# How do you find the integral int1/(x^2*sqrt(x^2-9))dx ?

Aug 29, 2014

$= \frac{1}{9 x} \cdot \sqrt{{x}^{2} - 9} + c$, where $c$ is a constant

Explanation :

$= \int \frac{1}{{x}^{2} \sqrt{{x}^{2} - 9}} \mathrm{dx}$

$= \int \frac{1}{{x}^{3} \sqrt{1 - \frac{9}{x} ^ 2}} \mathrm{dx}$

let's assume $\frac{3}{x} = t$, $- \frac{3}{x} ^ 2 \mathrm{dx} = \mathrm{dt}$

$= \int - \frac{t}{9 \sqrt{1 - {t}^{2}}} \mathrm{dt} = - \frac{1}{9} \int \frac{t}{\sqrt{1 - {t}^{2}}} \mathrm{dt}$

again assuming ${t}^{2} = z$, $2 t \mathrm{dt} = \mathrm{dz}$

$= - \frac{1}{9} \int \frac{1}{2} \cdot \frac{\mathrm{dz}}{\sqrt{1 - z}}$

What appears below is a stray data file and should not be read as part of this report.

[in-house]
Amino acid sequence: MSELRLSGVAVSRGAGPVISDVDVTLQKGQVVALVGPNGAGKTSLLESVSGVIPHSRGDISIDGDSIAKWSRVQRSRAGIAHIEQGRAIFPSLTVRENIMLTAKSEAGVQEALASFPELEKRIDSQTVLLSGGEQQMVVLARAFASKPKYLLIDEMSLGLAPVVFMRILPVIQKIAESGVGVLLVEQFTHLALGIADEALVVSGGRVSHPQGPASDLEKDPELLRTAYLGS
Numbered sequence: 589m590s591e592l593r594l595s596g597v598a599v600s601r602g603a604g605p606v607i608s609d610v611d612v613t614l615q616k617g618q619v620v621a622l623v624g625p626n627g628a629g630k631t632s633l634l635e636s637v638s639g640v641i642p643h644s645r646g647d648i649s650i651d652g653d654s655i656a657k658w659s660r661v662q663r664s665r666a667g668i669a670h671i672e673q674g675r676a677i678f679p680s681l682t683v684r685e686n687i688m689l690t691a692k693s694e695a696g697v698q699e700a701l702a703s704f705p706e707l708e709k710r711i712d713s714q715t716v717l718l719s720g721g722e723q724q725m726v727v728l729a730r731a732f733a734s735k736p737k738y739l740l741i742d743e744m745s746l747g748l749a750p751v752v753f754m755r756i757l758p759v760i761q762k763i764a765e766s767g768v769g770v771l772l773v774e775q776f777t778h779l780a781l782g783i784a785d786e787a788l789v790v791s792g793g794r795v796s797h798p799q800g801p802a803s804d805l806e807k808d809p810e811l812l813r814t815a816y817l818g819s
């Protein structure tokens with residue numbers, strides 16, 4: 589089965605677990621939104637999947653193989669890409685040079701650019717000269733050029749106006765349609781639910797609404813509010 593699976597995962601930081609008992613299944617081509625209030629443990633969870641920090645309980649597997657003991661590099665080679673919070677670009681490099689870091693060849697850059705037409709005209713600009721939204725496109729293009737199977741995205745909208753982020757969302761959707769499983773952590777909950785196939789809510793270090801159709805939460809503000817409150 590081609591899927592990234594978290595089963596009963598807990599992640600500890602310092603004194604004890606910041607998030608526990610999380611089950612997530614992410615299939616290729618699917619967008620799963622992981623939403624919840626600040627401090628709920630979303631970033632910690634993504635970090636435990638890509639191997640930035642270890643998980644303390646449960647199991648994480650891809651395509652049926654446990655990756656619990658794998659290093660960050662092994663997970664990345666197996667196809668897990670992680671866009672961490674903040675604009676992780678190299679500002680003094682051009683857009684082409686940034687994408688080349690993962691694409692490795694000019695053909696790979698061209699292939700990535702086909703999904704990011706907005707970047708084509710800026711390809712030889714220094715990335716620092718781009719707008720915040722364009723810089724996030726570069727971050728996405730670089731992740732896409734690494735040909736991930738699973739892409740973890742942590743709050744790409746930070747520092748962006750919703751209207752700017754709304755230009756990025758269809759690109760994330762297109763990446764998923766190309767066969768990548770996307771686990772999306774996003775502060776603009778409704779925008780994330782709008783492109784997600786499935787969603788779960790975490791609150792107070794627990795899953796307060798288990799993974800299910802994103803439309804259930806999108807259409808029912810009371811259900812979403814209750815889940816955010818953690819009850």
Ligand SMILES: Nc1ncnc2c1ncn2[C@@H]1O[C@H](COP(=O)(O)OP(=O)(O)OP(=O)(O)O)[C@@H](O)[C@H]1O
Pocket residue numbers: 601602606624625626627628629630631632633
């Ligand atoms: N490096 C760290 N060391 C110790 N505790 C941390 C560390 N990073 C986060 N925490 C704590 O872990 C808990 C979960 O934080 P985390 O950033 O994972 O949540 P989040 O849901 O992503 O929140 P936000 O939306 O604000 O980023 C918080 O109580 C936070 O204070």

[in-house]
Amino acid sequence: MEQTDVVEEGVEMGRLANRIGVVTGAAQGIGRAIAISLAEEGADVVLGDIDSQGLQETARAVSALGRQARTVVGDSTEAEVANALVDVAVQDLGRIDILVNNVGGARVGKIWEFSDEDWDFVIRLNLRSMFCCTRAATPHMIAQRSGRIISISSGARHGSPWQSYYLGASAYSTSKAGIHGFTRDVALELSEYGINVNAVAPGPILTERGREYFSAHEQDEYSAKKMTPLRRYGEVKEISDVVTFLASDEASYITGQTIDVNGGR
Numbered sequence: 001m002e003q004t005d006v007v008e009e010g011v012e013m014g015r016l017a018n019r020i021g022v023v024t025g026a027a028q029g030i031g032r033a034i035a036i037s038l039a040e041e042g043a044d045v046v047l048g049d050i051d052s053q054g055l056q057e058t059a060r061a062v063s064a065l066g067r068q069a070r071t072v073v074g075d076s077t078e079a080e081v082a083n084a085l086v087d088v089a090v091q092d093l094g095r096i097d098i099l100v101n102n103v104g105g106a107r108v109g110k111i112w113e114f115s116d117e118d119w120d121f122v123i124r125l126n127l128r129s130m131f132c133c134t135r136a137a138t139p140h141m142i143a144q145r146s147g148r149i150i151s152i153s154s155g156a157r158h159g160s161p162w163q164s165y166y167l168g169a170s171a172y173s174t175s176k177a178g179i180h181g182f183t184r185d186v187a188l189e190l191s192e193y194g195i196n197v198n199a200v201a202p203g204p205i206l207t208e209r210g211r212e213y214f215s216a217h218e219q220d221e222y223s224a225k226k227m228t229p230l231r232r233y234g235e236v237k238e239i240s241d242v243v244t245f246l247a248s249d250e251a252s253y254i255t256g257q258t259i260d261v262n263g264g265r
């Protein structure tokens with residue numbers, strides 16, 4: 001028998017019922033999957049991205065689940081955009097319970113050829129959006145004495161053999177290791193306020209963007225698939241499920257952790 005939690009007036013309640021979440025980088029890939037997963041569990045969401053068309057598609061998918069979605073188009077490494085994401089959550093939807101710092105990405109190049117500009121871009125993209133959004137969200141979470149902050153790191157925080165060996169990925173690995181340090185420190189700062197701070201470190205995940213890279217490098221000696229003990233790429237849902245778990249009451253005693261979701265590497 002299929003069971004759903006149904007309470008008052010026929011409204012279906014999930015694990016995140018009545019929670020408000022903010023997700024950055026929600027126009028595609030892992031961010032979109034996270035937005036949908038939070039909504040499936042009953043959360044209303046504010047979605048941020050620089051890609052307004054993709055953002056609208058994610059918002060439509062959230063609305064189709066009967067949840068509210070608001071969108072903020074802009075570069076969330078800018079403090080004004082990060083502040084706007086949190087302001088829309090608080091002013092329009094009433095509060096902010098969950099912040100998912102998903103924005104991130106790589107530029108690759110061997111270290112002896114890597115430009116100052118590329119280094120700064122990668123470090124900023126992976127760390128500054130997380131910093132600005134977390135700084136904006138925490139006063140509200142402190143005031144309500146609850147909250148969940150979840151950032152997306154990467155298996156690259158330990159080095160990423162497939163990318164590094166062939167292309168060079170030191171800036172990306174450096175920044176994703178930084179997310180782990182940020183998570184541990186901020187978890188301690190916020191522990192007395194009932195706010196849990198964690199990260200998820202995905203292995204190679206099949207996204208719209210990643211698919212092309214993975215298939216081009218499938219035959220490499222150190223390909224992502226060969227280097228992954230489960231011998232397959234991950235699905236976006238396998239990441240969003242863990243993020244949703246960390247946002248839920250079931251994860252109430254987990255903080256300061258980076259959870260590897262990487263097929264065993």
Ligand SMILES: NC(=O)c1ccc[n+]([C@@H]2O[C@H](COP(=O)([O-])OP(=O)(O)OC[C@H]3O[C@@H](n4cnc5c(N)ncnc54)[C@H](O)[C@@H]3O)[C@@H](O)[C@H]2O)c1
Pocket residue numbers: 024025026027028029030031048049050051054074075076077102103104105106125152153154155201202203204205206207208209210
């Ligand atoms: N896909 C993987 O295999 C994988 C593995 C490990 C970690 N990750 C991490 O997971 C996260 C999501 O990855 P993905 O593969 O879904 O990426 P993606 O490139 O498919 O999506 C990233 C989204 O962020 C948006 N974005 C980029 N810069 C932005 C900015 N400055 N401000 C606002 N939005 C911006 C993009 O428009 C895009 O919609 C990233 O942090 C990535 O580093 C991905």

$= - \frac{1}{18} \int \frac{1}{\sqrt{1 - z}} \mathrm{dz}$

$= - \frac{1}{18} \int {\left(1 - z\right)}^{- \frac{1}{2}} \mathrm{dz}$

$= \frac{1}{18} \cdot {\left(1 - z\right)}^{\frac{1}{2}} / \left(\frac{1}{2}\right) + c$, where $c$ is a constant

Substituting value of $z$ and $t$ back,

$= \frac{1}{9} \sqrt{1 - \frac{9}{x} ^ 2} + c$, where $c$ is a constant

$= \frac{1}{9 x} \cdot \sqrt{{x}^{2} - 9} + c$, where $c$ is a constant